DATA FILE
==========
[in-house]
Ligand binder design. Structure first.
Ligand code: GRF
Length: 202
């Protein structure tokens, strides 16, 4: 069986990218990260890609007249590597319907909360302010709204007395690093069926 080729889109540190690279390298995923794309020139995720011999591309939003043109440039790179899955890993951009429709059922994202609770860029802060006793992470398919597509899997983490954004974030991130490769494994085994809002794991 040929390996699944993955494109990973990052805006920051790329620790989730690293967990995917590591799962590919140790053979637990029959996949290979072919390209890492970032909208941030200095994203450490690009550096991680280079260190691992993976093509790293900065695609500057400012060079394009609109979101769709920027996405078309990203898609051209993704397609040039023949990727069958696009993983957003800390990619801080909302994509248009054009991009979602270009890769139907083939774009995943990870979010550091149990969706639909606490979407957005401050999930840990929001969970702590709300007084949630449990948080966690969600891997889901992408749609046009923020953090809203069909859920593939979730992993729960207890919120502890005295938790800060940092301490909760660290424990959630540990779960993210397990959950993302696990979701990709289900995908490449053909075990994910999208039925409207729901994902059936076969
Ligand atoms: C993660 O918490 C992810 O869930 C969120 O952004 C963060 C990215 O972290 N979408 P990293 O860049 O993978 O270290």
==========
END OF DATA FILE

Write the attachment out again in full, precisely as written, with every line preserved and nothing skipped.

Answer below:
[in-house]
Ligand binder design. Structure first.
Ligand code: GRF
Length: 202
């Protein structure tokens, strides 16, 4: 069986990218990260890609007249590597319907909360302010709204007395690093069926 080729889109540190690279390298995923794309020139995720011999591309939003043109440039790179899955890993951009429709059922994202609770860029802060006793992470398919597509899997983490954004974030991130490769494994085994809002794991 040929390996699944993955494109990973990052805006920051790329620790989730690293967990995917590591799962590919140790053979637990029959996949290979072919390209890492970032909208941030200095994203450490690009550096991680280079260190691992993976093509790293900065695609500057400012060079394009609109979101769709920027996405078309990203898609051209993704397609040039023949990727069958696009993983957003800390990619801080909302994509248009054009991009979602270009890769139907083939774009995943990870979010550091149990969706639909606490979407957005401050999930840990929001969970702590709300007084949630449990948080966690969600891997889901992408749609046009923020953090809203069909859920593939979730992993729960207890919120502890005295938790800060940092301490909760660290424990959630540990779960993210397990959950993302696990979701990709289900995908490449053909075990994910999208039925409207729901994902059936076969
Ligand atoms: C993660 O918490 C992810 O869930 C969120 O952004 C963060 C990215 O972290 N979408 P990293 O860049 O993978 O270290």